However, there was no consensus on this point. A few participants disagreed and suggested the use of data for research and statistics should be limited to covering the interests of the people whose data was being studied. This was partly related to the idea of ownership of data because it was suggested that people should see a return on their ‘donation’ of data about them (see Clear Communication).
Everybody should be able to benefit from it. If just a part of people is benefiting from and the rest are still stagnant, it’s not okay, that is not a fair use of data. It’s one-sided.
Discussions concerning the principle of the greatest good in the follow-up workshop clarified that there was not a set number of people who should be served by the use of data or statistics. Participants agreed that the value of a use of data or statistics could be assessed by need, rather the number of people who would benefit.
Regarding the topic of equitable data use, participants expressed that society is already unequal and inequitable, and that public good use of data for research or statistics should aim to address these issues. Participants also felt that data should not be released for research purposes if it can fuel inequities or inequalities. For example, some uses of data for research may fit into a common interpretation of public good if the application leads to tangible improvements for some, however, participants felt if a consequence of such research were to widen inequality gaps then it would not be considered public good use of data.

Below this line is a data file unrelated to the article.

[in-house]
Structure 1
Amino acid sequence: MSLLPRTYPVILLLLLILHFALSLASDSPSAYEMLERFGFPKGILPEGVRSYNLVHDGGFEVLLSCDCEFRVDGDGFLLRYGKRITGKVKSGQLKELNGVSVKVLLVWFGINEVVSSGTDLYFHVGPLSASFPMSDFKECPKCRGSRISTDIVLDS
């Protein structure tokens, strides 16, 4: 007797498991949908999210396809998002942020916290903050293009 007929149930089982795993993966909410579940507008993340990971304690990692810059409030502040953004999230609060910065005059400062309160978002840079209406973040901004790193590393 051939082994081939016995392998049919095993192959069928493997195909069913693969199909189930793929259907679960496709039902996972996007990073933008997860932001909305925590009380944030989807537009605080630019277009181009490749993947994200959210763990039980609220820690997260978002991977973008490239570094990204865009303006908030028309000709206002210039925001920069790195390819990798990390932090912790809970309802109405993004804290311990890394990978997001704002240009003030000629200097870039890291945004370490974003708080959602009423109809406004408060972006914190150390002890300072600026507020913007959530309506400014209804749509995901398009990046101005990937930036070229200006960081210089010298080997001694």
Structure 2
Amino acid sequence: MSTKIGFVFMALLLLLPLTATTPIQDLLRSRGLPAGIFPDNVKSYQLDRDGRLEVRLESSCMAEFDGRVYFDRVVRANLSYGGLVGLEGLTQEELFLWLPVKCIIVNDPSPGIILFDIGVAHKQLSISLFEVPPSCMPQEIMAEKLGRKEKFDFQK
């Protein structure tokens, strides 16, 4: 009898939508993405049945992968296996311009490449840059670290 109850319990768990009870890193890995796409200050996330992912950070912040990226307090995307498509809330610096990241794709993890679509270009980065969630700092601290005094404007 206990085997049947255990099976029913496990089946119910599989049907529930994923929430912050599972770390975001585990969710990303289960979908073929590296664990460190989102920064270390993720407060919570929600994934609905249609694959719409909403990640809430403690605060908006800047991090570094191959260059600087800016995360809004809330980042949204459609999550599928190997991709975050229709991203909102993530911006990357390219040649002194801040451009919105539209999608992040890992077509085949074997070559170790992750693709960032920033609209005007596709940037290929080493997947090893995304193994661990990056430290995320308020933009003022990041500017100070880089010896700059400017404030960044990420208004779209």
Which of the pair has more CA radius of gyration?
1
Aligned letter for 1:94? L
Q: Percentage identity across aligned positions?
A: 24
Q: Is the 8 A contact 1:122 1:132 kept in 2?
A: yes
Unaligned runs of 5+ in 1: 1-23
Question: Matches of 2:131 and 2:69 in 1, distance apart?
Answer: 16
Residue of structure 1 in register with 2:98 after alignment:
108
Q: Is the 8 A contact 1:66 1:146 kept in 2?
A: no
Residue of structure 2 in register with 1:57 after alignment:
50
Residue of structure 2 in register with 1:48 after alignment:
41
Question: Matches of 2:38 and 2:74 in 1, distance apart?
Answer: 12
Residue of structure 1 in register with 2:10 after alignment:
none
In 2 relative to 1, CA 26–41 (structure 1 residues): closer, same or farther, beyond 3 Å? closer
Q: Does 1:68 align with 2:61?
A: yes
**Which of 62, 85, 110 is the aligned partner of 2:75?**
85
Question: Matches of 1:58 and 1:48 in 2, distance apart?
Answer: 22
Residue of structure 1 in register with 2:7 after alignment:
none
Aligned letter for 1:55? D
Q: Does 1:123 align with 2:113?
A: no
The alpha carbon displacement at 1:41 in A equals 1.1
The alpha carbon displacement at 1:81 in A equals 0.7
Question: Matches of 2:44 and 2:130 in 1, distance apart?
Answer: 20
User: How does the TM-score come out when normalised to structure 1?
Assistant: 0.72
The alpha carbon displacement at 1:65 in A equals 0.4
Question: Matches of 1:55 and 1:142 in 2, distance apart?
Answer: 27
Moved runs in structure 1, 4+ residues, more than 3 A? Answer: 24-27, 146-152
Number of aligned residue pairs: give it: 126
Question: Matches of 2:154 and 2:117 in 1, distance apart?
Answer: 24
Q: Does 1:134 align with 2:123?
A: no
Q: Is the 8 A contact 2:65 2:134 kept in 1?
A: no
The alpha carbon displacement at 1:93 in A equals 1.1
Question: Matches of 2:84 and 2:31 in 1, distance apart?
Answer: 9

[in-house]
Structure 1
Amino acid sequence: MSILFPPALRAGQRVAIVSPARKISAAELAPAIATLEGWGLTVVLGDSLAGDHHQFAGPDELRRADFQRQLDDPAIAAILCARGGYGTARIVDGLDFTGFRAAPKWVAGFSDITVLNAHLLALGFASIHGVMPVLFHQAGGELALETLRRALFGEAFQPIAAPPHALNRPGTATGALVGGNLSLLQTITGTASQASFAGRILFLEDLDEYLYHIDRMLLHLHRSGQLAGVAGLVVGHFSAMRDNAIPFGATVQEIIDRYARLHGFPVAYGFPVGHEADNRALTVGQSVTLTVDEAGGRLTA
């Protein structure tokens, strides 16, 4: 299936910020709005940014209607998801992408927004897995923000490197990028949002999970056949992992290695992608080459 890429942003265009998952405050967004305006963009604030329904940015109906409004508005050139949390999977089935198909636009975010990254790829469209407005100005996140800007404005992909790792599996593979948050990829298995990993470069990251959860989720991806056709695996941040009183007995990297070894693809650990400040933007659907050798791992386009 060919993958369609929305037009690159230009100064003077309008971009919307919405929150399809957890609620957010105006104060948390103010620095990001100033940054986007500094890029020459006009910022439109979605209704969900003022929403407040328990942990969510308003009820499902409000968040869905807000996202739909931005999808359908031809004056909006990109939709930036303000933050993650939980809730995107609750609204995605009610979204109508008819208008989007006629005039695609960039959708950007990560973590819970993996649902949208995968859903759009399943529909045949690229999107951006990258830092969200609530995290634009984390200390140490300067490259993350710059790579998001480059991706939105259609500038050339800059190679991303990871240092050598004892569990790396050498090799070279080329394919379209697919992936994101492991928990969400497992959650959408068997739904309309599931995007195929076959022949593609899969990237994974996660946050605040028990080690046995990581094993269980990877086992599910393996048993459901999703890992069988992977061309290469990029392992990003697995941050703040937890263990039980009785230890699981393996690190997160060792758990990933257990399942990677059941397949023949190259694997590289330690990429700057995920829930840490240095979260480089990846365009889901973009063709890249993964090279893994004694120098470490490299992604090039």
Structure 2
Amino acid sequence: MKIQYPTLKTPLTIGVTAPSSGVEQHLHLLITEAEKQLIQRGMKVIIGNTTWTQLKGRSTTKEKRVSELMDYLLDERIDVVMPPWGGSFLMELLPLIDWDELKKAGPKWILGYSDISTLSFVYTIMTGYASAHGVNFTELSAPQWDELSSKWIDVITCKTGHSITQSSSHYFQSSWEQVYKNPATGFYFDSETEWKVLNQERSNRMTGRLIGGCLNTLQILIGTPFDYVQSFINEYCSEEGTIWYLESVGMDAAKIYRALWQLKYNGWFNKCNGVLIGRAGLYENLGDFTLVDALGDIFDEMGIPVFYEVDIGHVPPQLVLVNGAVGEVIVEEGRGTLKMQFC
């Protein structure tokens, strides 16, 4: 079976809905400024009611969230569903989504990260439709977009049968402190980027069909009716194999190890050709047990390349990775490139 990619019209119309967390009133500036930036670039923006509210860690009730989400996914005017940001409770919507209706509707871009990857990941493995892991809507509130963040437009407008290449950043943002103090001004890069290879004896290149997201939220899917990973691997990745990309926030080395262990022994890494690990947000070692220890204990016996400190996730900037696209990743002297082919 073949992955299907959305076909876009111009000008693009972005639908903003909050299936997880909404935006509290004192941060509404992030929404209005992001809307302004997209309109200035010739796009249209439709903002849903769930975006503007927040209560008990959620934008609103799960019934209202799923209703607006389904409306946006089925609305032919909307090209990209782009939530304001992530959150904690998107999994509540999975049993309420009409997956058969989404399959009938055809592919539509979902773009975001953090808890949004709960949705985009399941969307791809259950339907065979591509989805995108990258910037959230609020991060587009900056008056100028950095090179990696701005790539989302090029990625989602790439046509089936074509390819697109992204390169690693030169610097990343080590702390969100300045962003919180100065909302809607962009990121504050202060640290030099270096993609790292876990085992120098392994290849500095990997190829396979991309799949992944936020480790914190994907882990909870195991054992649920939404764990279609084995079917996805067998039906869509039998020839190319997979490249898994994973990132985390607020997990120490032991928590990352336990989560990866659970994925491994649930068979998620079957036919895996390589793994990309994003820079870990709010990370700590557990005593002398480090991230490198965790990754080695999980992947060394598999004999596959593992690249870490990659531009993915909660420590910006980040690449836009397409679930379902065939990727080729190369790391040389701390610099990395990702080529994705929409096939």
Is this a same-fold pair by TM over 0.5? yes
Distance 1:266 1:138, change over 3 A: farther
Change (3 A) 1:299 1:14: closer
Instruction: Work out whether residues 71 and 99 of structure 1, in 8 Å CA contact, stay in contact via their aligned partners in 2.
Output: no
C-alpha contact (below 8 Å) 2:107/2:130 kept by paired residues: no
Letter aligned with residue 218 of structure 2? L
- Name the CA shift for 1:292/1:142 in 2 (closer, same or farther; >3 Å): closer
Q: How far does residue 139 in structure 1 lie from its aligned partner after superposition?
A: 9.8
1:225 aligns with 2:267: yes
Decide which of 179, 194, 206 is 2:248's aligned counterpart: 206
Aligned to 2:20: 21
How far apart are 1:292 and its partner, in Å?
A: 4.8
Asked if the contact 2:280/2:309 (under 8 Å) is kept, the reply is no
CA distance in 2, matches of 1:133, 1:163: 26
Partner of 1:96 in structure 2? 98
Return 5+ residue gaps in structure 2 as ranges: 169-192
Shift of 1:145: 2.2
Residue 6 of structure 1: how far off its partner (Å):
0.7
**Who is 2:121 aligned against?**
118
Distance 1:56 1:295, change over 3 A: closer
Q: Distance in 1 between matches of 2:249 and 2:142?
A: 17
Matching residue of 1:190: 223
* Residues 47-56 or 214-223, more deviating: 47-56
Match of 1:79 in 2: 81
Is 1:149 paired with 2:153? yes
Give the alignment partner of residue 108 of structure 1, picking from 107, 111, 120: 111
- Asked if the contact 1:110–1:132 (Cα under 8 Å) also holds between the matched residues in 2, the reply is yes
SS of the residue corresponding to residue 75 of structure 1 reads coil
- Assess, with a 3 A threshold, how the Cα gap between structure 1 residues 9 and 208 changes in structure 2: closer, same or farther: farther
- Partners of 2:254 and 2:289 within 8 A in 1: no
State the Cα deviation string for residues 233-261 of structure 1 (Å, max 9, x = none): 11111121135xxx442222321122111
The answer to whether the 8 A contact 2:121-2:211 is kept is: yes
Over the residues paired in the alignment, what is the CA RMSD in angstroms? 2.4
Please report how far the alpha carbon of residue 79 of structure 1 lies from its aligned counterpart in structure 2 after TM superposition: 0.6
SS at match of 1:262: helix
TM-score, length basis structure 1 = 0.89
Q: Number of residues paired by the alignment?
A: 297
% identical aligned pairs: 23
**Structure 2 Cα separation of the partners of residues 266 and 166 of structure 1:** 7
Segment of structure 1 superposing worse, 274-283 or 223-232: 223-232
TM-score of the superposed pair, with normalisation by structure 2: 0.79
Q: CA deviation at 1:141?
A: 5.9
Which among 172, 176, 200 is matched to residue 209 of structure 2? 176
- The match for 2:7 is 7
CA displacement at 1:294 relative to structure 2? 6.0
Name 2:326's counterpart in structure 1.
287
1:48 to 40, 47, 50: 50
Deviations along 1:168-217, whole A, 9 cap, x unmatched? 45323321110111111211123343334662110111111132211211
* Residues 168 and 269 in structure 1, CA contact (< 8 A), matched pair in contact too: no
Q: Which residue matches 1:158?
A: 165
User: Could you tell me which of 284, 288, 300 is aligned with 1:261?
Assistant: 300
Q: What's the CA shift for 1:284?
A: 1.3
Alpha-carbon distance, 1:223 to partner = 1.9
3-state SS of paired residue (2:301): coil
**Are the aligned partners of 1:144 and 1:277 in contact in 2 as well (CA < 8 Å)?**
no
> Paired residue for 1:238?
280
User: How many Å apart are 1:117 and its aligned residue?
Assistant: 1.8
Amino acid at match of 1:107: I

Society is unfairly stacked. Things like your postcode, your socioeconomic demographic, or the school you went to can affect your life. You have to recognise this and notions of “public good” should reflect that.
They should have an understanding of the impact of the projects being proposed, a good custodian of data wouldn’t release data to a project if it is going to fuel inequality.
Participants communicated that decision-makers granting the use of data for research should have an understanding of the impacts of the project proposed, akin to how local councils fill out an impact assessment for their activities (see Minimise Harm). Participants assumed knowledge would help guide decision-makers and enable fair data distribution.
The follow-up workshop reiterated that participants were happy for public good use of data for research and statistics to encompass more intangible uses such as research for understanding, or challenging or validating established evidence, within the context of achieving the greatest good. Participants felt that society would benefit with greater understanding or better evidence for decision-making (see Real-World Needs and Minimise Harm). Participants spoke about not wanting to get in the way of science by impeding advances in knowledge.
Wisdom and maturity are when you plant a tree knowing very well that you might not be there to enjoy its shade. The point is there are future generations that might enjoy the benefits of that research and data.
Practical Applications Suggested by Participants
It was very important to participants that publicly-funded research and statistics
using administrative data should aim to address a real-world need, which could include an issue that may impact future generations or one issue impacting a small number of people.